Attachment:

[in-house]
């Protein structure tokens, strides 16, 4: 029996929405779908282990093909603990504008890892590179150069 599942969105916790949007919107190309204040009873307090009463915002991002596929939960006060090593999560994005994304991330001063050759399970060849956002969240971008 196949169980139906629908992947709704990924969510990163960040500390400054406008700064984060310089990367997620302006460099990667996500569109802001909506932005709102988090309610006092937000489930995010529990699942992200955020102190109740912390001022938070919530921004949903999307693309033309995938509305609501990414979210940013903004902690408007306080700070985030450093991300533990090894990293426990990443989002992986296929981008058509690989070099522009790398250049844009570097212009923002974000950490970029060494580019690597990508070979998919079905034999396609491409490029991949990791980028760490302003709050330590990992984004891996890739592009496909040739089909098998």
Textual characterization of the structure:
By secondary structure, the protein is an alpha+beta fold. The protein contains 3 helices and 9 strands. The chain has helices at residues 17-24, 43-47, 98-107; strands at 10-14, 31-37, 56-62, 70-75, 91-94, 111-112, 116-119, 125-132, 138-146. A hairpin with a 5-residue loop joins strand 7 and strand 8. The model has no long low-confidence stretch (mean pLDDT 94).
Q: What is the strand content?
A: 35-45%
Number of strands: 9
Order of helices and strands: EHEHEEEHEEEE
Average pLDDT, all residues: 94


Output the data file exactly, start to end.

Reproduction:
[in-house]
């Protein structure tokens, strides 16, 4: 029996929405779908282990093909603990504008890892590179150069 599942969105916790949007919107190309204040009873307090009463915002991002596929939960006060090593999560994005994304991330001063050759399970060849956002969240971008 196949169980139906629908992947709704990924969510990163960040500390400054406008700064984060310089990367997620302006460099990667996500569109802001909506932005709102988090309610006092937000489930995010529990699942992200955020102190109740912390001022938070919530921004949903999307693309033309995938509305609501990414979210940013903004902690408007306080700070985030450093991300533990090894990293426990990443989002992986296929981008058509690989070099522009790398250049844009570097212009923002974000950490970029060494580019690597990508070979998919079905034999396609491409490029991949990791980028760490302003709050330590990992984004891996890739592009496909040739089909098998």
Textual characterization of the structure:
By secondary structure, the protein is an alpha+beta fold. The protein contains 3 helices and 9 strands. The chain has helices at residues 17-24, 43-47, 98-107; strands at 10-14, 31-37, 56-62, 70-75, 91-94, 111-112, 116-119, 125-132, 138-146. A hairpin with a 5-residue loop joins strand 7 and strand 8. The model has no long low-confidence stretch (mean pLDDT 94).
Q: What is the strand content?
A: 35-45%
Number of strands: 9
Order of helices and strands: EHEHEEEHEEEE
Average pLDDT, all residues: 94